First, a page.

Description:

In this lesson, students are introduced to the return command and learn to write their own functions that return values. Students first complete a simple unplugged activity based on the game Go Fish to introduce the concept of a return value. They will then complete a short sequence of exercises in Code Studio, which introduces preferred patterns for writing functions that return values. At the end of the sequence, students write and use functions that return values in a simple turtle driver app.

Students will be able to:
- use the return command to design functions.
- identify instances when a function with a return value can be used to contain frequently used computations within a program.
- design functions that return values to perform frequently needed computations within a program.

Note: You will need to create a free account on code.org before you can view this resource.

Subject: Digital Literacy and Computer Science (9 - 12)
Title: Computer Science Principles Unit 5 Chapter 2 Lesson 17: Building an App: Canvas Painter
URL: https://curriculum.code.org/csp-18/unit5/17/
Description:

Students continue to practice working with arrays and are introduced to a new user interface element, the canvas. The canvas includes commands for drawing simple geometric shapes (circles, rectangles, lines) and also triggers mouse and key events like any other user interface element. Over the course of the lesson, students combine these features to make an app that allows a user to draw an image while recording every dot drawn on the canvas in an array. By processing this array in different ways, the app will allow students to redraw their image in different styles, like random, spray paint, and sketching. Along the way, students use their knowledge of functions with return values to make code which is easy to manage and reuse.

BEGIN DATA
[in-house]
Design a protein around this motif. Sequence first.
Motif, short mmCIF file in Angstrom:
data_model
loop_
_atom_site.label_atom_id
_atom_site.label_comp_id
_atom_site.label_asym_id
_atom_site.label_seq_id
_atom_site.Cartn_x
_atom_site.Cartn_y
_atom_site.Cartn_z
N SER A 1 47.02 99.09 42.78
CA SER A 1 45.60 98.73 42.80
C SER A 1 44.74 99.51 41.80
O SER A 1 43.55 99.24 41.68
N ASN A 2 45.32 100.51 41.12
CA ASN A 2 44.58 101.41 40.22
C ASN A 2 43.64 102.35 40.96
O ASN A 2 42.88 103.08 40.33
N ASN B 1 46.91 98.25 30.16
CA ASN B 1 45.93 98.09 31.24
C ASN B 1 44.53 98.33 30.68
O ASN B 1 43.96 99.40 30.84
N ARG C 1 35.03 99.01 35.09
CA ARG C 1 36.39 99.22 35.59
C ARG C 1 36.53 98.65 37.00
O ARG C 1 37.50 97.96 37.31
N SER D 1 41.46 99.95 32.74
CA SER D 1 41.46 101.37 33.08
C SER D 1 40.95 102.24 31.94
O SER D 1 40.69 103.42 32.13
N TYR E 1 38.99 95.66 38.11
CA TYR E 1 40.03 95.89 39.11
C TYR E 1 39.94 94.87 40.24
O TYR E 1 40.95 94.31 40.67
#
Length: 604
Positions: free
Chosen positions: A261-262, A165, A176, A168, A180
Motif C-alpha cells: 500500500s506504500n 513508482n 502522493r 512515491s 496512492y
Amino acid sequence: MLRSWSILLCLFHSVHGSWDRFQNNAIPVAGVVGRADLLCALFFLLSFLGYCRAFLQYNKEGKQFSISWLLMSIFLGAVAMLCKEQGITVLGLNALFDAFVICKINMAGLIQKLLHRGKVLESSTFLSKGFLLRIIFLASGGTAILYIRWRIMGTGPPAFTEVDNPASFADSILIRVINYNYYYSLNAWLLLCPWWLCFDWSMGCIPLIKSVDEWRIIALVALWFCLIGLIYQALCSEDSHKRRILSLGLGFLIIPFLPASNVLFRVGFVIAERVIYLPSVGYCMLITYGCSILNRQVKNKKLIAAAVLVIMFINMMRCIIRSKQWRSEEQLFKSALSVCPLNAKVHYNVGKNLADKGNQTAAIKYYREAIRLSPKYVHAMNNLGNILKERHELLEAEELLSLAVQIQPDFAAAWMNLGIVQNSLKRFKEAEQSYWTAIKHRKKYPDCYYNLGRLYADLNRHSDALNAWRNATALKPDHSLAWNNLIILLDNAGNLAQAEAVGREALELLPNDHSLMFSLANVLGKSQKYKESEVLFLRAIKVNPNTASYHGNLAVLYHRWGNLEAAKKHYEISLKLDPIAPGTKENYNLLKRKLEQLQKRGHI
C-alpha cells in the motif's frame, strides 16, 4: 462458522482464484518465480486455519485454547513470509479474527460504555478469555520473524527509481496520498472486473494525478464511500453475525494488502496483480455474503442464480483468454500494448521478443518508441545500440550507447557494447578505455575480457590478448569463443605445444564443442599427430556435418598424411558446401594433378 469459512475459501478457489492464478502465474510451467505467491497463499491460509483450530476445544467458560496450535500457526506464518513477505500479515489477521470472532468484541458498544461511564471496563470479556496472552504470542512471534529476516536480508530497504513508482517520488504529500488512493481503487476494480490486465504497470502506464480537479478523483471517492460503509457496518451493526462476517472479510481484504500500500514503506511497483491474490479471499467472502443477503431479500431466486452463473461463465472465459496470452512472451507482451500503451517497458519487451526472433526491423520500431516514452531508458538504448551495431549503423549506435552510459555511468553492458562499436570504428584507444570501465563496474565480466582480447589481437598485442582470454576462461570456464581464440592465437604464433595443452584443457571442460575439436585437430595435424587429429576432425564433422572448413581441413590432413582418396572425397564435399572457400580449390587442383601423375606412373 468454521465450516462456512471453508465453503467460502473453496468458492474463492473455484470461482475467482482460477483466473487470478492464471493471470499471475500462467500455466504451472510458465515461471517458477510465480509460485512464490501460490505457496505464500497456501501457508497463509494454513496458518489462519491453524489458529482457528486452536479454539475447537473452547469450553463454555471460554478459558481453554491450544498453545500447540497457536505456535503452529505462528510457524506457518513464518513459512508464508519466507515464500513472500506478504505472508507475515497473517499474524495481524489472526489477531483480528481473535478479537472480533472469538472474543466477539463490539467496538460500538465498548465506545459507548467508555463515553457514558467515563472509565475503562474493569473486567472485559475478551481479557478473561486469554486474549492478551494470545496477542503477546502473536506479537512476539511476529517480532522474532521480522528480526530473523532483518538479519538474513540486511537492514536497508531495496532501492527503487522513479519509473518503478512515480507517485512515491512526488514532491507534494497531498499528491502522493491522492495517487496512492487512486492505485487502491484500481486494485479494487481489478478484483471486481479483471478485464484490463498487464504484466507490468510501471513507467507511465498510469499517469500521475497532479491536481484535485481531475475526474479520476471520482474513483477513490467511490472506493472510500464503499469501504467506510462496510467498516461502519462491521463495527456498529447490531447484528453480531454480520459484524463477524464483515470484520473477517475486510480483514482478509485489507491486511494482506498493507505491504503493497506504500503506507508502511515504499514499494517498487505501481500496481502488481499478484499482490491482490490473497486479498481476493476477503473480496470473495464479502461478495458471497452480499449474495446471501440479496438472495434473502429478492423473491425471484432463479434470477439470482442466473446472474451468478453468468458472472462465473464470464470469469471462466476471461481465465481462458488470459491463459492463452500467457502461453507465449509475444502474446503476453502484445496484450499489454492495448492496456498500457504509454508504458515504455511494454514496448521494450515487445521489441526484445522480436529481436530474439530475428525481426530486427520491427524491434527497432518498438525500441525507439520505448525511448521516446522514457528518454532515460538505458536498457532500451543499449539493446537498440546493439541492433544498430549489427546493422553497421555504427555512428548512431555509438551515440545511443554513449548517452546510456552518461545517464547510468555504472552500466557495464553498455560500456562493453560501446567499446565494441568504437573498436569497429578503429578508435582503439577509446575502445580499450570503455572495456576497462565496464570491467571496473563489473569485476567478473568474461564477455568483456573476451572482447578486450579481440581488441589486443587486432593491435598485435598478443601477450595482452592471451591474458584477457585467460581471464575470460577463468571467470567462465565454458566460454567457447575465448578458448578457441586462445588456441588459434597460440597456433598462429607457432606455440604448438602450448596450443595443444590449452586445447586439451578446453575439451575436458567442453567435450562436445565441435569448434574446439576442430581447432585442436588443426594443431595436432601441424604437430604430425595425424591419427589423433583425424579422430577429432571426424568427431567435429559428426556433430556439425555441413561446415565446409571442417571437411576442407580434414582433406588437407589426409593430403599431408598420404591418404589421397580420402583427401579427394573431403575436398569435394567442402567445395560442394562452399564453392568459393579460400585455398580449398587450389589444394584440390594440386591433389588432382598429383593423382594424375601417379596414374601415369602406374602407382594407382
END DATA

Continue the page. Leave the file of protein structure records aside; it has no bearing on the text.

Students will be able to:
- programmatically control the canvas element in response to user interactions.
- maintain a dynamically generated array through the running of a program in order to record and reuse user input.
- use nested loops within a program to repeat a command on the same array index multiple times.
- perform variable arithmetic within an array index to access items in an array by their relative position.

Note: You will need to create a free account on code.org before you can view this resource.

ALEX Classroom Resources: 7